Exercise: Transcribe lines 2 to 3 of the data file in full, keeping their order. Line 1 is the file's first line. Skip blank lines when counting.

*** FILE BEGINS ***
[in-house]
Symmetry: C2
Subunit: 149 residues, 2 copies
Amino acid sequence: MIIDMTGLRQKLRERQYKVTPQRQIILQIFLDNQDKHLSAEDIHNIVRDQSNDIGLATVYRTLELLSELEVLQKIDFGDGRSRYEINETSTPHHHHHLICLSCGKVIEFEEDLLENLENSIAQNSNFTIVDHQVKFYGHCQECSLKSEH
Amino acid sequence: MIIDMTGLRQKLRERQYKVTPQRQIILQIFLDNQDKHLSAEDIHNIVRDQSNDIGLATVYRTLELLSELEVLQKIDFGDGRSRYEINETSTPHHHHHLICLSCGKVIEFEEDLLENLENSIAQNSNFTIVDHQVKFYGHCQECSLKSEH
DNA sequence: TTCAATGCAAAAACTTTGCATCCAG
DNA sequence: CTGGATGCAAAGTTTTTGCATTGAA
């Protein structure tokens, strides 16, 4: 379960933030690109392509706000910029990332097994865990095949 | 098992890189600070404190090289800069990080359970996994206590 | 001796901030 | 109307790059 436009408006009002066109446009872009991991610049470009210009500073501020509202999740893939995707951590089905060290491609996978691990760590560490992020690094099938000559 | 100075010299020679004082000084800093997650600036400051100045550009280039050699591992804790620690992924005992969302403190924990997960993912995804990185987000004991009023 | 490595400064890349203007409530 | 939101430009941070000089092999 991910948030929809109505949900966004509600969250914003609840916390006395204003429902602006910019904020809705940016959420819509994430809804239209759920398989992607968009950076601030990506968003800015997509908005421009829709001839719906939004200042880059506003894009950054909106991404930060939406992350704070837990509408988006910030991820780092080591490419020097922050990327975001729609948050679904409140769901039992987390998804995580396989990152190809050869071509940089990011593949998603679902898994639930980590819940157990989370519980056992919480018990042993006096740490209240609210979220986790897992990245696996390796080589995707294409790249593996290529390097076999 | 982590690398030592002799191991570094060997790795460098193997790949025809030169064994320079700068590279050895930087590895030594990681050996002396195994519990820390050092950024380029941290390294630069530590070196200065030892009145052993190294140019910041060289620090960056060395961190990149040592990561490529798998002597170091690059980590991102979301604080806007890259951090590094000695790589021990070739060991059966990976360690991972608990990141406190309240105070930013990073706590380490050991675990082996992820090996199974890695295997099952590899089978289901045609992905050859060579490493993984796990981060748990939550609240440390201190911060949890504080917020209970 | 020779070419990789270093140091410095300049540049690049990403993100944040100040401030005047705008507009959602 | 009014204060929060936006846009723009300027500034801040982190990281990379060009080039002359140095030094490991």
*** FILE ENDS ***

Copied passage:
Symmetry: C2
Subunit: 149 residues, 2 copies